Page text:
IXV

The Intermediate eXperimental Vehicle (IXV) is an experimental atmospheric re-entry vehicle, which was developed as an alternative, next-generation launcher technology. The IXV was launched into sub-orbital path on the Vega launcher on 11 February 2015.

The IXV was developed by European Space Agency (ESA) under the Future Launcher Preparatory Programme (FLPP), which intends to develop a successor to the Ariane 5 rocket. The objective of the IXV is to build up an autonomous European atmospheric re-entry system.

Design and development

The IXV features thermal protective shells of ceramics and ablatives, which provide heat resistance during re-entry into Earth’s atmosphere. The inner elements of the vehicle include structural panels made of carbon-fibre reinforced polymer.

"The IXV was developed by European Space Agency under the Future Launcher Preparatory Programme."

The vehicle has a length of 5m, a height of 1.5m and a width of 2.2m. It has a total weight of approximately 2t and a hypersonic lift-to-drag-ratio of 0.7, which can give the necessary aerodynamic performance.

The IXV is equipped with power, data handling, telemetry, parachute and floatation devices. It includes thrusters and flaps, in addition to other functional and experimental subsystems. The vehicle also features 300 sensors, which provide beacon signals to locate the craft after splashdown during the descent into Earth’s atmosphere.

Thales Alenia Space (TAS) was awarded with a contract for the production of the atmospheric re-entry demonstrator IXV in June 2011. The scope of the contract included design, development and integration of the IXV vehicle, as well as its ground segment.

The critical design review (CDR) of the IXV was completed in 2011. In November 2012, a series of descent and landing tests on IXV were completed at the Salto di Quirra located near Sardinia, Italy.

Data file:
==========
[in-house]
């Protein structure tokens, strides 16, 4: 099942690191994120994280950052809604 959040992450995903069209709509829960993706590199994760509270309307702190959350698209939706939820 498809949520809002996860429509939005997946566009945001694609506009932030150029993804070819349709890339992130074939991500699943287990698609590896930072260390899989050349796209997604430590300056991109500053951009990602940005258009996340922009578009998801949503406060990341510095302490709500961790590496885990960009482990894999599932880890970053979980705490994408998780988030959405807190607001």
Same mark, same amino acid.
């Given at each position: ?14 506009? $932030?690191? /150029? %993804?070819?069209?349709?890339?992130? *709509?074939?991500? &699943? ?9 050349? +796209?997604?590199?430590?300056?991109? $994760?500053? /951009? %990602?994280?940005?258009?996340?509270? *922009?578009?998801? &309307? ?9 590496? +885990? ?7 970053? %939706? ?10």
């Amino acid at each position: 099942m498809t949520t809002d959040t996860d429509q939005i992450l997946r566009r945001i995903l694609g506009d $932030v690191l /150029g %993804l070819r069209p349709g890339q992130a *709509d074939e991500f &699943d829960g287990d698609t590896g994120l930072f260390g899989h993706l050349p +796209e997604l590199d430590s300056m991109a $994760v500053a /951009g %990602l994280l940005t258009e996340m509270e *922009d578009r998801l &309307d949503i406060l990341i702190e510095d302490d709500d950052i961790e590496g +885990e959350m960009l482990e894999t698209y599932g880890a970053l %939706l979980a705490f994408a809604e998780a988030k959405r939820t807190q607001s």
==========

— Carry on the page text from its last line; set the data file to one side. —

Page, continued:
The safe splashdown test on the IXV vehicle was successfully completed in June 2013. It involved releasing the IXV prototype after taking it to an altitude of 3,000m by a helicopter and slowing it down by using a parachute for a safe sea landing at speeds of less than 7m/s.



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In February 2014, the integration works of the vehicle were completed at the TAS facility in Torino, Italy. The spaceplane underwent final tests at ESA’s ESTEC centre in the Netherlands.

The total estimated investment for the completion of the IXV mission is approximately €150m.

IXV mission details

The IXV mission aimed at flight testing the technologies of automated re-entry vehicles and critical systems during the hypersonic and supersonic flight phases. The vehicle attained an altitude of 412km and had a velocity of 7.5km/s in Earth’s atmosphere. The vehicle collected large amounts of data during its re-entry into Earth’s atmosphere.

The vehicle splashed down in the Pacific Ocean at the end of the mission and was recovered by a ship before being returned to Europe for detailed analysis. The performance and the conditions of the internal and external structures of the vehicle were evaluated.

IXV launcher

The IXV was launched into sub-orbital path aboard Vega rocket developed by ESA. The launcher lifted off towards the east, instead of the north, into a polar orbit to ensure the spaceplane’s release into the Pacific Ocean.

The vehicle was launched from Kourou ELV at Europe’s Spaceport in the French Guiana.

Defence Technology